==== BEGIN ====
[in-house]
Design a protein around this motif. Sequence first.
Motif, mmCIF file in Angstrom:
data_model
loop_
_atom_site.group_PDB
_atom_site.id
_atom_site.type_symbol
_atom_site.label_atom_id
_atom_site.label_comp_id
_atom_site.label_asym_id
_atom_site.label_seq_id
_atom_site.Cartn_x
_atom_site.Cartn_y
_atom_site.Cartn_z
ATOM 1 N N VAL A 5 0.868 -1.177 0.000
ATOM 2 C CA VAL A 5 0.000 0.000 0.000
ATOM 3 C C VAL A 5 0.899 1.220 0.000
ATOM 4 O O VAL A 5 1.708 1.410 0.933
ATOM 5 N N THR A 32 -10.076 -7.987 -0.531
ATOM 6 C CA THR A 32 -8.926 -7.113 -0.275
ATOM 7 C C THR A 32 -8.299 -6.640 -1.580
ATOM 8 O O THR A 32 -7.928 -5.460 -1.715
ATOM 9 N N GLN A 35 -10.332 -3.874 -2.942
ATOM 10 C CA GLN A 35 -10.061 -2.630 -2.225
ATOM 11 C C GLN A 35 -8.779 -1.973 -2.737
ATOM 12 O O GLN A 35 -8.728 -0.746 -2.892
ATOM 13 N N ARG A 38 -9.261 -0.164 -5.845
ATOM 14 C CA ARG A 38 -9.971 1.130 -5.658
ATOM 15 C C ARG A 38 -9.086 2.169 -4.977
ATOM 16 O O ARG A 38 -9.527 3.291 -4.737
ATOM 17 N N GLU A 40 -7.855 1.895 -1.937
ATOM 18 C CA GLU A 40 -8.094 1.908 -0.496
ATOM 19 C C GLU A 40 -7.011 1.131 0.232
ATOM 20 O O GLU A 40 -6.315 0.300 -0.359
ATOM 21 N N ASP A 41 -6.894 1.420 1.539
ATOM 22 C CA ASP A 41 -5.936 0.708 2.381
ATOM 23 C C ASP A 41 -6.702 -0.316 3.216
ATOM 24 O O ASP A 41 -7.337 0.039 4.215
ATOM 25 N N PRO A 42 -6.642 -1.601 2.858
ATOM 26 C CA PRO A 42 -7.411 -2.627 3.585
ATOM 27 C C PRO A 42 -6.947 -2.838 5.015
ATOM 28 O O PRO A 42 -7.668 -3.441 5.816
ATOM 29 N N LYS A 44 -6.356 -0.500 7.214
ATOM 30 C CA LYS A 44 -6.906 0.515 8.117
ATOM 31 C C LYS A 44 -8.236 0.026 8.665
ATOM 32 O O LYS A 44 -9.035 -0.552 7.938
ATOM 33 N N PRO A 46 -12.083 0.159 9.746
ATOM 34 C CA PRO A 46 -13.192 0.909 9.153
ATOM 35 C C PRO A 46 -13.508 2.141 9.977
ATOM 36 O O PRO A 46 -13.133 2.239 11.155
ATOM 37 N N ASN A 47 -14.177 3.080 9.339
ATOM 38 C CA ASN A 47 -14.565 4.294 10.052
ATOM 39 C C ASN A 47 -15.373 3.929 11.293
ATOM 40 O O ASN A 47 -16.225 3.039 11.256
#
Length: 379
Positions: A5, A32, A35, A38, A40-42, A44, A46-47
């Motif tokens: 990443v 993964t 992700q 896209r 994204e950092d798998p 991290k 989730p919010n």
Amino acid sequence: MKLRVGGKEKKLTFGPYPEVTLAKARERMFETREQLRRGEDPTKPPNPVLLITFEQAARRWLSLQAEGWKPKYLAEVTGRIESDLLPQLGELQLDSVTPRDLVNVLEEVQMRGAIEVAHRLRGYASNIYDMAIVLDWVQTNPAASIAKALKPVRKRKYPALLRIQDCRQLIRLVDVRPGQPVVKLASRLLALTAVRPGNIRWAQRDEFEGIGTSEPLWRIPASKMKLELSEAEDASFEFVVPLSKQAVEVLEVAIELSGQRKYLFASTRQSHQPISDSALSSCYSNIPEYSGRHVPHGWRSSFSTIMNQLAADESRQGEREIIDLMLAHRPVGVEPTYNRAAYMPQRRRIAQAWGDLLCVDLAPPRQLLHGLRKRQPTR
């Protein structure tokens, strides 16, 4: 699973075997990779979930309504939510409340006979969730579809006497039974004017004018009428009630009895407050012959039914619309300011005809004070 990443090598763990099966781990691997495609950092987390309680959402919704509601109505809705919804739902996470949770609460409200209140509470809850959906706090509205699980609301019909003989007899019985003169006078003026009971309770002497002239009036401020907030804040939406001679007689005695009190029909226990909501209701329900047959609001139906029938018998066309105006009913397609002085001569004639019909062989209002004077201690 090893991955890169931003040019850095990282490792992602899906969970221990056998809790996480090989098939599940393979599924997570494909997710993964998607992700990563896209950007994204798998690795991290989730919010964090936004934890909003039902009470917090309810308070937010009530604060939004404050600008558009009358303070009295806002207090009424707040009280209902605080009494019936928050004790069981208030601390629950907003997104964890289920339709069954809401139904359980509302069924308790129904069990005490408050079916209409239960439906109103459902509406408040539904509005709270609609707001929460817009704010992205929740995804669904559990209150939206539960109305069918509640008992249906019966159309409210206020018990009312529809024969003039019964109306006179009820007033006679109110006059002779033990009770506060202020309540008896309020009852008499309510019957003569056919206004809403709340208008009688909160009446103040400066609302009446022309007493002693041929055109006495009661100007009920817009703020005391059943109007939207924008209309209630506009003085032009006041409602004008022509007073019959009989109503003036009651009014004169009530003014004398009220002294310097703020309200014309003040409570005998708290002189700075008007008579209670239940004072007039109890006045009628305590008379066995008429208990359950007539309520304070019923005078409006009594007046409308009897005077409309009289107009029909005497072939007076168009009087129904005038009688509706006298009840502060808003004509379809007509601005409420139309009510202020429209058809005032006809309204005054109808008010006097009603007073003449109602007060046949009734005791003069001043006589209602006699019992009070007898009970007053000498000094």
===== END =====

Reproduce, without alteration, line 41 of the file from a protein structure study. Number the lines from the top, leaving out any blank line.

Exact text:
ATOM 26 C CA PRO A 42 -7.411 -2.627 3.585